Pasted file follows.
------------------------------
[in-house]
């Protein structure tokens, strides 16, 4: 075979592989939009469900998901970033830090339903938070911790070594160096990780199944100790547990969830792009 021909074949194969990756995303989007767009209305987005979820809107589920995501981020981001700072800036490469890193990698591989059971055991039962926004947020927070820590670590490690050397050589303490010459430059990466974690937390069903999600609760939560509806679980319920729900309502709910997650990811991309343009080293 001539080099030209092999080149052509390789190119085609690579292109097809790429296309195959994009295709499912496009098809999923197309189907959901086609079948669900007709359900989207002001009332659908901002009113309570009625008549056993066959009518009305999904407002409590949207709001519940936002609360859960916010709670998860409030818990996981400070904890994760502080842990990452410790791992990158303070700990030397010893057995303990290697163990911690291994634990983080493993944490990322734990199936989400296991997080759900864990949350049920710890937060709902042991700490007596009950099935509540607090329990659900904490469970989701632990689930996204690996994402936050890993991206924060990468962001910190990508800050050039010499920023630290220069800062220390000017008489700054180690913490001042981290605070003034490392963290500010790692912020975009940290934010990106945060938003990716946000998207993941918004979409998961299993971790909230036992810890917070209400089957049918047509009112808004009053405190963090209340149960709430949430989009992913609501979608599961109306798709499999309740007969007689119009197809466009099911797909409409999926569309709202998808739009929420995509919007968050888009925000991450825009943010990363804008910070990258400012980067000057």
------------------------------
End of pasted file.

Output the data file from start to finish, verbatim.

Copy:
[in-house]
């Protein structure tokens, strides 16, 4: 075979592989939009469900998901970033830090339903938070911790070594160096990780199944100790547990969830792009 021909074949194969990756995303989007767009209305987005979820809107589920995501981020981001700072800036490469890193990698591989059971055991039962926004947020927070820590670590490690050397050589303490010459430059990466974690937390069903999600609760939560509806679980319920729900309502709910997650990811991309343009080293 001539080099030209092999080149052509390789190119085609690579292109097809790429296309195959994009295709499912496009098809999923197309189907959901086609079948669900007709359900989207002001009332659908901002009113309570009625008549056993066959009518009305999904407002409590949207709001519940936002609360859960916010709670998860409030818990996981400070904890994760502080842990990452410790791992990158303070700990030397010893057995303990290697163990911690291994634990983080493993944490990322734990199936989400296991997080759900864990949350049920710890937060709902042991700490007596009950099935509540607090329990659900904490469970989701632990689930996204690996994402936050890993991206924060990468962001910190990508800050050039010499920023630290220069800062220390000017008489700054180690913490001042981290605070003034490392963290500010790692912020975009940290934010990106945060938003990716946000998207993941918004979409998961299993971790909230036992810890917070209400089957049918047509009112808004009053405190963090209340149960709430949430989009992913609501979608599961109306798709499999309740007969007689119009197809466009099911797909409409999926569309709202998808739009929420995509919007968050888009925000991450825009943010990363804008910070990258400012980067000057």